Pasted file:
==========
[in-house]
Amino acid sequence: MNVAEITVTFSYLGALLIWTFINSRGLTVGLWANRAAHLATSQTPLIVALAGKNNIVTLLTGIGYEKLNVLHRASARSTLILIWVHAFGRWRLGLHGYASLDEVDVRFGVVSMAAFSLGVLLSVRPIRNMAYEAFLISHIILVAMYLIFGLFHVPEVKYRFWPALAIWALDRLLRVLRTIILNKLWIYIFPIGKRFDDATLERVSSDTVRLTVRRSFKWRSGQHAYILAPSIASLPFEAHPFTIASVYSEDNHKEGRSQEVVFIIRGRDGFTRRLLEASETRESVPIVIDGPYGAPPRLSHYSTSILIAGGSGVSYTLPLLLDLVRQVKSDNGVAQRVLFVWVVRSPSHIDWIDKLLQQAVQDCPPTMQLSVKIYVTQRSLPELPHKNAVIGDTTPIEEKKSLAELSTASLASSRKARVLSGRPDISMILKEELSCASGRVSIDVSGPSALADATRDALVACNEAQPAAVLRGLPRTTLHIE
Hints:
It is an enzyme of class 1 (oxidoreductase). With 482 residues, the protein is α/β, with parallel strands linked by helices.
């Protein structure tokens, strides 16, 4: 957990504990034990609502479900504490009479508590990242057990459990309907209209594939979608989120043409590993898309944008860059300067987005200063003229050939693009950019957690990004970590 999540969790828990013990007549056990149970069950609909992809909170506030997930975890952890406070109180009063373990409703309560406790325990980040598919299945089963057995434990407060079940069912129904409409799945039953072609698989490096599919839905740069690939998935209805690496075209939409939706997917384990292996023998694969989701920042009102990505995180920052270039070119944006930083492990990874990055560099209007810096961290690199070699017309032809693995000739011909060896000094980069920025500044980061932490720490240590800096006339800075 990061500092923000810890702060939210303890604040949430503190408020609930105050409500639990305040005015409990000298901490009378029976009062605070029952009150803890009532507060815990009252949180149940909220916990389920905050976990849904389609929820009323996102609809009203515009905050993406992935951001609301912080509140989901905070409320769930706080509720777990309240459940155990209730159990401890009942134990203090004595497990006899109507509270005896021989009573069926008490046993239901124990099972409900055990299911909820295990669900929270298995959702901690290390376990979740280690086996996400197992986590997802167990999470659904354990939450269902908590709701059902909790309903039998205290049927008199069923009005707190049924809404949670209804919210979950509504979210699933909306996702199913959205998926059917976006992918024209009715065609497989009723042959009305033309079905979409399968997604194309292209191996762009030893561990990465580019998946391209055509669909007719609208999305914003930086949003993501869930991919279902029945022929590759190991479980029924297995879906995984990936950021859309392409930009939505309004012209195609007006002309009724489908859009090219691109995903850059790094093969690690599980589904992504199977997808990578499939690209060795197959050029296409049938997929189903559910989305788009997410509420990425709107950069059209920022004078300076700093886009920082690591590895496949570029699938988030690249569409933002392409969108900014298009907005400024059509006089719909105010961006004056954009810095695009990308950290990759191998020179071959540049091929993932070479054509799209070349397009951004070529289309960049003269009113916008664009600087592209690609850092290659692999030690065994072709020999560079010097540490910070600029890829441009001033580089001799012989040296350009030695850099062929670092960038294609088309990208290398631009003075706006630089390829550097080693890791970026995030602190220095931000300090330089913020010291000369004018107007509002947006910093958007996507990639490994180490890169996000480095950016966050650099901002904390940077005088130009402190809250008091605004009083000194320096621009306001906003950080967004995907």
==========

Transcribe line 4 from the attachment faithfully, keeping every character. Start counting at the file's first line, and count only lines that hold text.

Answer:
It is an enzyme of class 1 (oxidoreductase). With 482 residues, the protein is α/β, with parallel strands linked by helices.